Differences Between Cedar & Redwood
Cedar and redwood are two similar lumber species that are often used in outdoor projects because of their ability to withstand the weather and the environment. Redwood is not as commonly available as cedar and commands a higher price.
Cedar and redwood are popular for use in outdoor projects such as decking and furniture. The oils in these two types of wood make them naturally resistant to insect damage and decay from environmental factors. Redwood is often left unfinished, while cedar benefits from a protective oil finish.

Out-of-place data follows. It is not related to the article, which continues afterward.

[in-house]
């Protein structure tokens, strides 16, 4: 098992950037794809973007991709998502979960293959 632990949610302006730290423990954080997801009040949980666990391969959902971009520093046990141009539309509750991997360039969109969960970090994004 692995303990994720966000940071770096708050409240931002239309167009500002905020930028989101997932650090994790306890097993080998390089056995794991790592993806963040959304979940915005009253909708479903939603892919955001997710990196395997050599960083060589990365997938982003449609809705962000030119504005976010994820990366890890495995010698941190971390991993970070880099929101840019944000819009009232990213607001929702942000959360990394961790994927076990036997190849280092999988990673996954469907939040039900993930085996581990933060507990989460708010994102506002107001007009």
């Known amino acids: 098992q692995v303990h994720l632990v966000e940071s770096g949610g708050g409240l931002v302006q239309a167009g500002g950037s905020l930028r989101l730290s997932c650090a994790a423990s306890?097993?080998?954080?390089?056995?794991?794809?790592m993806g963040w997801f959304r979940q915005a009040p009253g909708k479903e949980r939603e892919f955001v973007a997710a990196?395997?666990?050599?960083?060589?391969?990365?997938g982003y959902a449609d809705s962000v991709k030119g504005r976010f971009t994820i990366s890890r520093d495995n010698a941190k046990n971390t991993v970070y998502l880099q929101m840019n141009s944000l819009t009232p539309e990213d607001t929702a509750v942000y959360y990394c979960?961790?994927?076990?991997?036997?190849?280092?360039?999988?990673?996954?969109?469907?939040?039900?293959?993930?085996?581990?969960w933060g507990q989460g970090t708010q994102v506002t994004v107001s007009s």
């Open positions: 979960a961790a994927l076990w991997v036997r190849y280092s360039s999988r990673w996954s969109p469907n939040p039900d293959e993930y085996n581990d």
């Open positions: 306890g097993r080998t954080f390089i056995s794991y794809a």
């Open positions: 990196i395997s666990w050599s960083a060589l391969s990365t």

Cedar is structurally stable, retaining its structural dimensions regardless of environmental effects. The cellular structure of the wood makes it resistant to breakage and cracking while still retaining a reasonable weight. Redwood is also a good structural lumber, though with slightly less strength.
Redwood heartwood has a consistent reddish color and consistent grain that's prized by architects and builders. Cedar is more varied in grain and color, and requires careful shopping in order to match the lumber used in a project.
Warren Rachele has been writing since 1991. He has written two books, as well as articles on topics including programming and spirituality for "Your Church" and "PRISM" magazines. Rachele holds a Bachelor of Science in computer science from Regis University and a Master of Divinity in theology from Denver Seminary.